Suicide Prevention

Many of us struggle with difficult thoughts and feelings. Sometime these feelings can be overwhelming and you may have thoughts about self-harm or suicide.

You are not alone. It may help to discuss how you are feeling with a helpline, text service, professional person, or even a loved one. We have many resources to help you cope with this difficult time.

I need immediate help

In an emergency call 999.

For text message support: Text the word Kent to 85258.

For the Release the Pressure helpline: Phone 0800 107 0160 for free confidential support at any time.

If you are in a crisis and want someone to listen: Call the Samaritans on 116 123.

Looking for more specific support? Download our Mental Health Support Lines pack below.

Support Pack .pdf file | 329 KB

How can I cope with suicidal thoughts?

There are a few things that may help you cope in this moment:

  • Getting through the next few minutes
    It may be helpful to just get through the next few minutes, taking each minute at a time. Reward yourself for each minute passed. You can and you will get through this.
  • Remove anything you could use to harm yourself
    Move to a safe space if you feel unsafe or unsure about being alone. Remove any items around you that you may use to harm yourself. You could ask a loves one to help you if this is possible. If you feel that you cannot be left alone, consider going to a friend’s house or meeting someone in a place that you feel comfortable.
  • Follow your safety/crisis plan
    If you have a safety or crisis plan already in place, take the time to look at this and follow it. If you do not have a safety or crisis plan, National MIND have a guide to help you create one for the future.

How can I support someone else in a crisis?

The most important thing you can do to support someone who is experiencing suicidal feelings is to listen without judgment. You may have had similar past experiences, but remember that we are all individuals and someone may experience thoughts/feelings differently to you. We cannot truly know what is going on inside someone’s mind, but can be there to support them.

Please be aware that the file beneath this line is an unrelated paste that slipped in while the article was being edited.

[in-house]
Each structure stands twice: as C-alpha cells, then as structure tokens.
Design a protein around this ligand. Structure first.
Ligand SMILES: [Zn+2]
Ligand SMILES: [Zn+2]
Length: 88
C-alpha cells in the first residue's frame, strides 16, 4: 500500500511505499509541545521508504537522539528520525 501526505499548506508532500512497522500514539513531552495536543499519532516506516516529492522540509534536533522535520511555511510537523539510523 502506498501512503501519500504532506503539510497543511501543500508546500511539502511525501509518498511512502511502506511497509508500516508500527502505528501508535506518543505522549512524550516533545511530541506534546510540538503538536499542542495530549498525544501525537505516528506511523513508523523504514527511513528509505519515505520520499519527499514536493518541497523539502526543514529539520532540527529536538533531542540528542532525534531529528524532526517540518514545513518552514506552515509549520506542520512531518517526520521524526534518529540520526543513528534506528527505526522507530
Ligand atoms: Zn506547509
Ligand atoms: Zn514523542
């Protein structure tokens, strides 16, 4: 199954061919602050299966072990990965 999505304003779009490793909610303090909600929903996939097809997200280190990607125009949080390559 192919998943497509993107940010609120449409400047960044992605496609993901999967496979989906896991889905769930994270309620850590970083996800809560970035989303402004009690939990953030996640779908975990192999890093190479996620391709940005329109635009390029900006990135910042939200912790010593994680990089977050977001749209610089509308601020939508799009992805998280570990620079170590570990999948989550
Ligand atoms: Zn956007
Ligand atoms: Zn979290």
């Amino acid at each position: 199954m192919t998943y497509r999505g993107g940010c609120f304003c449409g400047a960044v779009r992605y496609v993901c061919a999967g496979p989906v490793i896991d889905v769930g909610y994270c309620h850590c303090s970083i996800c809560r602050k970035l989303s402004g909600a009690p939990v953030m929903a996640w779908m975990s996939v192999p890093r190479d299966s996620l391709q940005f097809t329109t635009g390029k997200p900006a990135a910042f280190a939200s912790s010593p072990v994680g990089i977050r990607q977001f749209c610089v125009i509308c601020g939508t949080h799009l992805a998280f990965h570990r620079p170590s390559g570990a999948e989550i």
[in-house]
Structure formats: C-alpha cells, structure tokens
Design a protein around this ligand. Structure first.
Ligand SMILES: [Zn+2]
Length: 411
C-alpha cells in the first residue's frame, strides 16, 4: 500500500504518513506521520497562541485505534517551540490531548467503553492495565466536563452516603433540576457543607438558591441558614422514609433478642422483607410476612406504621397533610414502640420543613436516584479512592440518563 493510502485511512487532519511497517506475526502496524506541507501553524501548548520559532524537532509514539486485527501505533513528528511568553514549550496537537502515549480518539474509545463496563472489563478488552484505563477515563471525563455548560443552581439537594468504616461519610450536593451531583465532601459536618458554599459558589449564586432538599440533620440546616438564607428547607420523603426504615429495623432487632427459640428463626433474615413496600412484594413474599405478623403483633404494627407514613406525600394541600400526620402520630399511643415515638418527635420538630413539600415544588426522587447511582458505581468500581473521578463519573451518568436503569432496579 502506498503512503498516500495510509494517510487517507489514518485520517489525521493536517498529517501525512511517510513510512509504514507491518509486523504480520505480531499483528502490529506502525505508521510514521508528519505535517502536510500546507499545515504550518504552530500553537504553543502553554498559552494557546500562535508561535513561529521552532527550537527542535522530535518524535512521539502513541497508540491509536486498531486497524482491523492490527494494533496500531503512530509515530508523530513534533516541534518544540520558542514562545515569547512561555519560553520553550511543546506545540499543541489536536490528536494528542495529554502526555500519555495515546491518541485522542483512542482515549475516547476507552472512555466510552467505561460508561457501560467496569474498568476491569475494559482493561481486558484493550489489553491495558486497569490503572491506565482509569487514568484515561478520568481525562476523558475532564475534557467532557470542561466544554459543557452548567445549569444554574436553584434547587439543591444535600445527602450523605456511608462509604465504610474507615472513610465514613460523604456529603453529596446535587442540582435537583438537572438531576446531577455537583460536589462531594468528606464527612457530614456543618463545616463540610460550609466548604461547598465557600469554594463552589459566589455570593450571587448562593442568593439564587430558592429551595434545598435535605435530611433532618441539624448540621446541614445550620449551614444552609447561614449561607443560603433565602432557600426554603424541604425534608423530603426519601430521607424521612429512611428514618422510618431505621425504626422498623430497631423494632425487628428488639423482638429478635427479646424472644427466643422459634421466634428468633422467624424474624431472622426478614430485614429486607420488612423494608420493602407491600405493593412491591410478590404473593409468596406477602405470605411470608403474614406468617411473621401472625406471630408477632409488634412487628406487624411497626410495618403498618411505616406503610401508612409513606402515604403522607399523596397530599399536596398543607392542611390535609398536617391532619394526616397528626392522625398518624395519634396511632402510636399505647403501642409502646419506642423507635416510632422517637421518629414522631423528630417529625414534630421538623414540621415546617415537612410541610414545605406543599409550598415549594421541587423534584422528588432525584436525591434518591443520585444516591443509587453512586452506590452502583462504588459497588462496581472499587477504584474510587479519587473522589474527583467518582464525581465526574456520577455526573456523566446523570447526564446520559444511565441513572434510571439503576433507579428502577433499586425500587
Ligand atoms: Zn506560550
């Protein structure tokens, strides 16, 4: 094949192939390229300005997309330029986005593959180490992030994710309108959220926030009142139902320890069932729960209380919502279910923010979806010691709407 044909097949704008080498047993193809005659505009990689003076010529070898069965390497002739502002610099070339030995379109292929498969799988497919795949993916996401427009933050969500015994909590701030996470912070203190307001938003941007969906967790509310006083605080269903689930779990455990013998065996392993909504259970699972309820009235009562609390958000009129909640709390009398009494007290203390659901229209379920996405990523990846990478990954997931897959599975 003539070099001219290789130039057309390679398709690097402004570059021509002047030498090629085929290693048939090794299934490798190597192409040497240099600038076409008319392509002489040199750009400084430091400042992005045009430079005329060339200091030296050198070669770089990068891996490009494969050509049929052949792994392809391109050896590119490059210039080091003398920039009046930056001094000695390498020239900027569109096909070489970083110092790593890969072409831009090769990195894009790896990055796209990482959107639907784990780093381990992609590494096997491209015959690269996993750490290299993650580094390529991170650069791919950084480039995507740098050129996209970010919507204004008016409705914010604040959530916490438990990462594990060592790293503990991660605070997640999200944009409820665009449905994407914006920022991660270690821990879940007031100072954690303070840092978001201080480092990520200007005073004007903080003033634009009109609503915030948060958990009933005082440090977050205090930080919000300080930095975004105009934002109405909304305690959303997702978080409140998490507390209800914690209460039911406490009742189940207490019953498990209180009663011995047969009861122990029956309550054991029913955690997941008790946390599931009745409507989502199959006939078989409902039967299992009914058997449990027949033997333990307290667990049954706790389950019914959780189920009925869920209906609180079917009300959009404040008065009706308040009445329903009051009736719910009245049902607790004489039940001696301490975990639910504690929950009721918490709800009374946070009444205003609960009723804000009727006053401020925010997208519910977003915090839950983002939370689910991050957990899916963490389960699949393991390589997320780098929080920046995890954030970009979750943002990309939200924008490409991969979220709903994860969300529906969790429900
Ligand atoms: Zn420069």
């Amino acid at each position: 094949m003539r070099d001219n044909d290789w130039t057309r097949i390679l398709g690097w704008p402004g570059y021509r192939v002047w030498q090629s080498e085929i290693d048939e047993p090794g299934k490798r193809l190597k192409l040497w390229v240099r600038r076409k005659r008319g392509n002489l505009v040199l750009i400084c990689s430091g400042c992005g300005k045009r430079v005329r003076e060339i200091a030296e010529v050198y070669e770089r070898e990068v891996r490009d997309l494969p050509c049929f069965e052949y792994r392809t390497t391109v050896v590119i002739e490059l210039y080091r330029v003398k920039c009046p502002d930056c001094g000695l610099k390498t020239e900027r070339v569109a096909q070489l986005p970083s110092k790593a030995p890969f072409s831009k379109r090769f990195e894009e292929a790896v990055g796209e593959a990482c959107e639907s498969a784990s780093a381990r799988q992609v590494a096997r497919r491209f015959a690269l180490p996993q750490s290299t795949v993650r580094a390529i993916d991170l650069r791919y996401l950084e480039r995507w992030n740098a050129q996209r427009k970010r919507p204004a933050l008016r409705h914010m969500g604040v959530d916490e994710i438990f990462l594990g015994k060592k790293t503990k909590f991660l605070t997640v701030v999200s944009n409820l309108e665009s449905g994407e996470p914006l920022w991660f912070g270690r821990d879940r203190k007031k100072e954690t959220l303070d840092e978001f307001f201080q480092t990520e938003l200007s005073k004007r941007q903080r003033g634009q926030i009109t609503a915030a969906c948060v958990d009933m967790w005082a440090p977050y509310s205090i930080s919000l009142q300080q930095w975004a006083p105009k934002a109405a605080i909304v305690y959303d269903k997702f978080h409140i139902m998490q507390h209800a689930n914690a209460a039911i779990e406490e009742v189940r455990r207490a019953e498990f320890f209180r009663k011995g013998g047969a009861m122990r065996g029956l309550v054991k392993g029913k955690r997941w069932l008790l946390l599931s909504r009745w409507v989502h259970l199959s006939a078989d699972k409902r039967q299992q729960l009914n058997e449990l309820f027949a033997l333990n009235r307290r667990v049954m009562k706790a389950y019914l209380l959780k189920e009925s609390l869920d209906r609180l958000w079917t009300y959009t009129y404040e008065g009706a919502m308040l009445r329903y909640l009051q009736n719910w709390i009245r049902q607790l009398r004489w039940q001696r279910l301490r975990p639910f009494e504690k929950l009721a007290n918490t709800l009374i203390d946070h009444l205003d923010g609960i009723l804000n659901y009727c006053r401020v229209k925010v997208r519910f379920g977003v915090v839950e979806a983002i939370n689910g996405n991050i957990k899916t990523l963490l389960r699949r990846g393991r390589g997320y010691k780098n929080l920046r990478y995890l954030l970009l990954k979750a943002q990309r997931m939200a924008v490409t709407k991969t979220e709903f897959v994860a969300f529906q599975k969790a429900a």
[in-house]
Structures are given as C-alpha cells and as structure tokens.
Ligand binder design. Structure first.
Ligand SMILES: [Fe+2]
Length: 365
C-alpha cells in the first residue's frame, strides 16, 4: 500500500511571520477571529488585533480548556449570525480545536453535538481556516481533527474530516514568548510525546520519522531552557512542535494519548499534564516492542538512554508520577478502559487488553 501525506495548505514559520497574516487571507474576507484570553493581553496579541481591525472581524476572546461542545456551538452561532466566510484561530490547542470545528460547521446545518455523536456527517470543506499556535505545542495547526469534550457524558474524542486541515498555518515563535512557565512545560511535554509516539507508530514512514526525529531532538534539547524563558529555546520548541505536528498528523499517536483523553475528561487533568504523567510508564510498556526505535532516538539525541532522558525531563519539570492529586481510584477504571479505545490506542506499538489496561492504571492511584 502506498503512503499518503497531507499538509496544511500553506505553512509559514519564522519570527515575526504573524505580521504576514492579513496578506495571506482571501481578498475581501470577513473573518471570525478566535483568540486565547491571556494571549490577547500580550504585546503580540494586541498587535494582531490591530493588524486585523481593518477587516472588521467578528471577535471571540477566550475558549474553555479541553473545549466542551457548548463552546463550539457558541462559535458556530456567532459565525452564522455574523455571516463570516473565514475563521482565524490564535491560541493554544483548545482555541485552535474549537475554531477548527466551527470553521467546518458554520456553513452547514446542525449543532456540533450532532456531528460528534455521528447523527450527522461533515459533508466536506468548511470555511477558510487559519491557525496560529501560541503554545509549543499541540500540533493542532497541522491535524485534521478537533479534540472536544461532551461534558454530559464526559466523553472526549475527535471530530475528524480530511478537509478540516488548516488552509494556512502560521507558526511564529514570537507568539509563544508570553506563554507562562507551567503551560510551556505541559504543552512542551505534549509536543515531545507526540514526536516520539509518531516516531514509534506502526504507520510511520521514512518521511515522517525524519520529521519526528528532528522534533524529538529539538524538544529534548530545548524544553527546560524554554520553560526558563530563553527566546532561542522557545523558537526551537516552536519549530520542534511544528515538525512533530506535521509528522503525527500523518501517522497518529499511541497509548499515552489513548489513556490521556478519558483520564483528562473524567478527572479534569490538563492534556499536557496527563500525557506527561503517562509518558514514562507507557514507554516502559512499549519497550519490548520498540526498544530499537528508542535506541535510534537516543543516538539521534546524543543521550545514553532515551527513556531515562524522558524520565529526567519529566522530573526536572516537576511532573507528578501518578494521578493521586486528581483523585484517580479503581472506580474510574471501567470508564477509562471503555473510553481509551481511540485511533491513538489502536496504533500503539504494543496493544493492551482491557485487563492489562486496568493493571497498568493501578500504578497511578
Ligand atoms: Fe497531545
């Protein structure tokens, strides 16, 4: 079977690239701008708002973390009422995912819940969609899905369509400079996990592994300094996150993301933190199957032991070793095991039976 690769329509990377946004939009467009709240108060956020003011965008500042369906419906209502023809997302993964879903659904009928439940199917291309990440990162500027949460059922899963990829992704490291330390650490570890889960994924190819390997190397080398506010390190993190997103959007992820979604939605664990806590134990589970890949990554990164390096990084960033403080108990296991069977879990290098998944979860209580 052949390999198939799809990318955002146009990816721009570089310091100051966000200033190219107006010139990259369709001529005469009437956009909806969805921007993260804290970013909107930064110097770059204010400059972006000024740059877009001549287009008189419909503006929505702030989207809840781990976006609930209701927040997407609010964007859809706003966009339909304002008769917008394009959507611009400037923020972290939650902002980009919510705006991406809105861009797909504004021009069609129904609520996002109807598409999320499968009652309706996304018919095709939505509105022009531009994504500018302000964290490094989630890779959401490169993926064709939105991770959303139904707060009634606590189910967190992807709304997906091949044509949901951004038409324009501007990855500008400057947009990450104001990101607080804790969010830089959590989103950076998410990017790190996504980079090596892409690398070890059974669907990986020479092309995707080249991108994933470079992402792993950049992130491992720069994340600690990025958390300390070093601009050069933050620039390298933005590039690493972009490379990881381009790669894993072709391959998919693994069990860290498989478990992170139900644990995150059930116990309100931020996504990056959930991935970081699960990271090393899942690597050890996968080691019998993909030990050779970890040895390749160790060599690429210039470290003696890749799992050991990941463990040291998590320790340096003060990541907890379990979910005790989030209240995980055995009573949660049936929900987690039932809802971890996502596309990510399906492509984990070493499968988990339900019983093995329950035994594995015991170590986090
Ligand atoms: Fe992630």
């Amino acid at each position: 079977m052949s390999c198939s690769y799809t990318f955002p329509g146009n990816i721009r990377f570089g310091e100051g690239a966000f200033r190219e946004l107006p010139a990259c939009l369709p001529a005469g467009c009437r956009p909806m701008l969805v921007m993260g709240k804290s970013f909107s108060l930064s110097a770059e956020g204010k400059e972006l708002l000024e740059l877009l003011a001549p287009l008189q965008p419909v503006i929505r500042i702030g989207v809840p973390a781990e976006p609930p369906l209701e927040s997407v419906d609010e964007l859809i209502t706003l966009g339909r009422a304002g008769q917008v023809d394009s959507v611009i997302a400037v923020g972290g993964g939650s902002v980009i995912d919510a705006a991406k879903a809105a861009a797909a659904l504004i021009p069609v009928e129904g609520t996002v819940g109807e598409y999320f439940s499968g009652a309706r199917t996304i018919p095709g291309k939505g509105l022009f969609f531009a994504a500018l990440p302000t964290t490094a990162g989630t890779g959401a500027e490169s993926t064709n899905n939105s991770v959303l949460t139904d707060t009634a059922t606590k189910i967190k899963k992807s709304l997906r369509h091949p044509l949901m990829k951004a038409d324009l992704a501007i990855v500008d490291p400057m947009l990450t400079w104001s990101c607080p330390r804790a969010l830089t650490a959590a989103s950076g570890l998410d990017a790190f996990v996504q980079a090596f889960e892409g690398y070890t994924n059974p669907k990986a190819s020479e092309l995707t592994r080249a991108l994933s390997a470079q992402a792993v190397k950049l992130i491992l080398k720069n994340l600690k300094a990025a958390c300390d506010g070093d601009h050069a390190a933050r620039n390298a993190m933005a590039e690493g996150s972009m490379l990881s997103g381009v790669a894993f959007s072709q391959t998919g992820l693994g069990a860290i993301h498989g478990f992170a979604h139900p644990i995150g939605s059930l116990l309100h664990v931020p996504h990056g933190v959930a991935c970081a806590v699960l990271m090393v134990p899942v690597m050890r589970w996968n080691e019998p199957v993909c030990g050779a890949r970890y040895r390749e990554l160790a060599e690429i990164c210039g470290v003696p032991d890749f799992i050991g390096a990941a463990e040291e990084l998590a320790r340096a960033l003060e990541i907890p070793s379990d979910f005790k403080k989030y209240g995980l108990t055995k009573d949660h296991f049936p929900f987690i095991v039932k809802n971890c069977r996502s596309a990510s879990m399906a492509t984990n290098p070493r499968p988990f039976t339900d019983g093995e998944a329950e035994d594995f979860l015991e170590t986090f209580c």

In an emergency

If someone has attempted suicide, call 999 and stay with them until an ambulance arrives.

If you are worried that someone is at immediate risk of taking their own life, you should do the following (if possible):

  • Remove anything that the person could use to harm themselves.
  • Stay with them.
  • Get emergency help, call 999.

Gently encourage them to talk about their feelings

  • Ask open questions
    This invites an open conversation rather than questions that answer ‘yes’ or ‘no’. You may want to ask things like “How has that made you feel?”
  • Give them time
    Silence can be helpful for them to process what they are going through. Give the person the time they need to express themselves.
  • Take them seriously
    There is a lot of stigma around suicidal thoughts; avoid the idea that they are ‘faking it’ or ‘doing it for attention’.
  • Try not to judge
    You may feel upset, frightened, or event angry. It is important to stay calm and not blame the person for how they are feeling. It is a big step talking to someone about suicidal thoughts, so be mindful of this.
  • Don’t skirt around the topic
    You may need to ask them directly if they are planning on ending their life. Ask questions such as “”Have you been having suicidal thoughts?” or “Have you made plans to end your life?” This may be upsetting, but it means that people can understand that talking about suicide is okay and they can be open about the topic.

Encourage them to seek professional support

This may be directing them towards support such as:

  • Discussing their mental health with their GP.
  • Contact a helpline or listening service that may be able to provide extra support (see our support pack here).
  • Find a support group or reach out for peer support. See what activities are available at South Kent Mind and how we can help.
  • Contact a crisis service, such as Samaritans on 116 123, or find a local crisis drop-in. Find more urgent help here.

Help them to make a support plan

Making a support plan can help both you and the person you are providing support to. A support plan may outline how they would like to be supported and what might help in situations like these. It is a useful tool for the future, should they be going through another mental health crisis. National MIND have a guide on how to create a support plan here.

South Kent Mind does not offer crisis support.

However, if you are looking for ongoing mental health support then South Kent Mind is here to help. Find out more about our activities and services here.

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Phone 01303 250090

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